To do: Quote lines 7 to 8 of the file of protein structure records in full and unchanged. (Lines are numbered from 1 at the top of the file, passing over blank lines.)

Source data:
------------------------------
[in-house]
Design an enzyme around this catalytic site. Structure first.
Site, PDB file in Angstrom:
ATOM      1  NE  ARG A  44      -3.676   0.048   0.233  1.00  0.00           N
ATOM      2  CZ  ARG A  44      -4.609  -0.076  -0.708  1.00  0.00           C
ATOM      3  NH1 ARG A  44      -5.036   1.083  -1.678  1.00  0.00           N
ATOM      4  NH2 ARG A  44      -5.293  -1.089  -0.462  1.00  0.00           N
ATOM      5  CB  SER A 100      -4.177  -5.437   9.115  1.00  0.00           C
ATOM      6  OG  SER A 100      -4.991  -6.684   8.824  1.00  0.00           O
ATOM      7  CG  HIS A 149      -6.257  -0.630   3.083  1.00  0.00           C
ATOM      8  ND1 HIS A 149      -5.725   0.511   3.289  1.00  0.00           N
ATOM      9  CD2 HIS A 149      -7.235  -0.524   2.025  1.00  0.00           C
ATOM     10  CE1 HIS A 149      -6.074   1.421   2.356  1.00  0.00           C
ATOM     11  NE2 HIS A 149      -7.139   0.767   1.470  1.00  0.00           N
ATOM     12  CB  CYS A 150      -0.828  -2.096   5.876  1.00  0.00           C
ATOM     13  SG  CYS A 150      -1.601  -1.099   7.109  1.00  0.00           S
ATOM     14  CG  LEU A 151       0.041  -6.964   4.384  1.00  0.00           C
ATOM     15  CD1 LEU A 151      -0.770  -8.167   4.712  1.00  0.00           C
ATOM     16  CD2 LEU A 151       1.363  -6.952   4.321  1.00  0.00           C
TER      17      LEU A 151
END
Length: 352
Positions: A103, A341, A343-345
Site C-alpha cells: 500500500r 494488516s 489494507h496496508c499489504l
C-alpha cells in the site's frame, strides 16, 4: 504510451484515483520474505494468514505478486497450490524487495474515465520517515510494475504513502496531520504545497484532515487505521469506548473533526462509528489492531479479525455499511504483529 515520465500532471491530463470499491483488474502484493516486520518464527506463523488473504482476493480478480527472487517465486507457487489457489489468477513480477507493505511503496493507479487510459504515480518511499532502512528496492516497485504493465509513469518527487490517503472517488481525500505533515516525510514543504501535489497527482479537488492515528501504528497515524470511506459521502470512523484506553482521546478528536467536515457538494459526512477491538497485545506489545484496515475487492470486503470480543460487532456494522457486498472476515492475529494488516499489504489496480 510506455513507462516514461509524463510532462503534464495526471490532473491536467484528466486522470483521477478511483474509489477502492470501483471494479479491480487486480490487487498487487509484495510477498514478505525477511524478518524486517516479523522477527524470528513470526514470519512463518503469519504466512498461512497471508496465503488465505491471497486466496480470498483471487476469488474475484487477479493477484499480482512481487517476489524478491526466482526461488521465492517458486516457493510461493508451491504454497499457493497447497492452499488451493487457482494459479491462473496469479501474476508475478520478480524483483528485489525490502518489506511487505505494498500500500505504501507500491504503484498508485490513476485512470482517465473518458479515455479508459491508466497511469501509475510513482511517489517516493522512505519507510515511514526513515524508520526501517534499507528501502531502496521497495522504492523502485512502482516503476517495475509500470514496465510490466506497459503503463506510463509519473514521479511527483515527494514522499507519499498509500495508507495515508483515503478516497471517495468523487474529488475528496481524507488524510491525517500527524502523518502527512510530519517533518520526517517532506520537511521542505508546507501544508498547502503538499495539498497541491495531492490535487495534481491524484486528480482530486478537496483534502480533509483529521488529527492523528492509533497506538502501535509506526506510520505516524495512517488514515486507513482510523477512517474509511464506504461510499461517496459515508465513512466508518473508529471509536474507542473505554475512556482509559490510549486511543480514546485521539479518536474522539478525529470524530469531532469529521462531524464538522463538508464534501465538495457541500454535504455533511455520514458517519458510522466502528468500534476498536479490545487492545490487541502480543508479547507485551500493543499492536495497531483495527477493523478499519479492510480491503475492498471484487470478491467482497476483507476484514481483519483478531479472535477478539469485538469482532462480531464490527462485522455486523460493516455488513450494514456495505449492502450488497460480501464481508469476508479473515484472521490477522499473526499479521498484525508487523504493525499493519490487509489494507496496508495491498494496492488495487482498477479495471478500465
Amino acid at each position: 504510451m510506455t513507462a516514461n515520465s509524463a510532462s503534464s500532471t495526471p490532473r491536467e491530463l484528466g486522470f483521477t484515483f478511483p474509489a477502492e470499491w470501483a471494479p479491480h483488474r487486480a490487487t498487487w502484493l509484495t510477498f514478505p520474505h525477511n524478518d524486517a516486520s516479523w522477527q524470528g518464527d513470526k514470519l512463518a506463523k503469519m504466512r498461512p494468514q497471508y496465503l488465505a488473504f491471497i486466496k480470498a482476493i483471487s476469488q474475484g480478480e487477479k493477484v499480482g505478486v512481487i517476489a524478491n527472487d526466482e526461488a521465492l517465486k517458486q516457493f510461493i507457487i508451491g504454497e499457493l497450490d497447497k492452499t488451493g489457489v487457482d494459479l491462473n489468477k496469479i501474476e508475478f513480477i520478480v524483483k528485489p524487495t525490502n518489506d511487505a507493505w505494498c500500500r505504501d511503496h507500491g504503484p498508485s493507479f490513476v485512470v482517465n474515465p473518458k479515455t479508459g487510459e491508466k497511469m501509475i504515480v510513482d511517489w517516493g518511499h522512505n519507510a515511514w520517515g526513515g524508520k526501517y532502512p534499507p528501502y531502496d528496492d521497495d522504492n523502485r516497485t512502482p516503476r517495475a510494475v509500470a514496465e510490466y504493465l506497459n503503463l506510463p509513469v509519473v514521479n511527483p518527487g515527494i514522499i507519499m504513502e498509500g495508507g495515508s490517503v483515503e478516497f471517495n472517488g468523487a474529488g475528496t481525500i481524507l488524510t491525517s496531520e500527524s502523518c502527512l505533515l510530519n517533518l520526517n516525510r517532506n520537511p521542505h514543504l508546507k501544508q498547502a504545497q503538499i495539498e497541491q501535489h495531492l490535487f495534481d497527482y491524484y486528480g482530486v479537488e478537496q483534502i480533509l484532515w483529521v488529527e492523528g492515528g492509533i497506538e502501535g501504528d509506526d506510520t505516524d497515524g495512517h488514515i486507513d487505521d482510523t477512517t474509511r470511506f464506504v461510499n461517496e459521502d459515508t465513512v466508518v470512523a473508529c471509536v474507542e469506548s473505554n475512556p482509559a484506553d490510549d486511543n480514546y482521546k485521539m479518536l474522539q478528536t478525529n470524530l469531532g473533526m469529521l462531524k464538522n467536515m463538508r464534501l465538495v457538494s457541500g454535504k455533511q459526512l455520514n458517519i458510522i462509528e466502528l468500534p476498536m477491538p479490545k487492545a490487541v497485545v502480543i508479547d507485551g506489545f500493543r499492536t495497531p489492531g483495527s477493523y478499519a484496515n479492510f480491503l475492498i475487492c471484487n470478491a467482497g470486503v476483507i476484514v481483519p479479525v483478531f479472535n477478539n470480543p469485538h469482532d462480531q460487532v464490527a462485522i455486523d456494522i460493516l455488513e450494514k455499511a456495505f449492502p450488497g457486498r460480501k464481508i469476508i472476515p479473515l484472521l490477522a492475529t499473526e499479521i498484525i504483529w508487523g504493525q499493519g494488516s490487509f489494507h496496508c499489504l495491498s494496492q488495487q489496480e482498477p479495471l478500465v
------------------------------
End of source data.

ATOM      4  NH2 ARG A  44      -5.293  -1.089  -0.462  1.00  0.00           N
ATOM      5  CB  SER A 100      -4.177  -5.437   9.115  1.00  0.00           C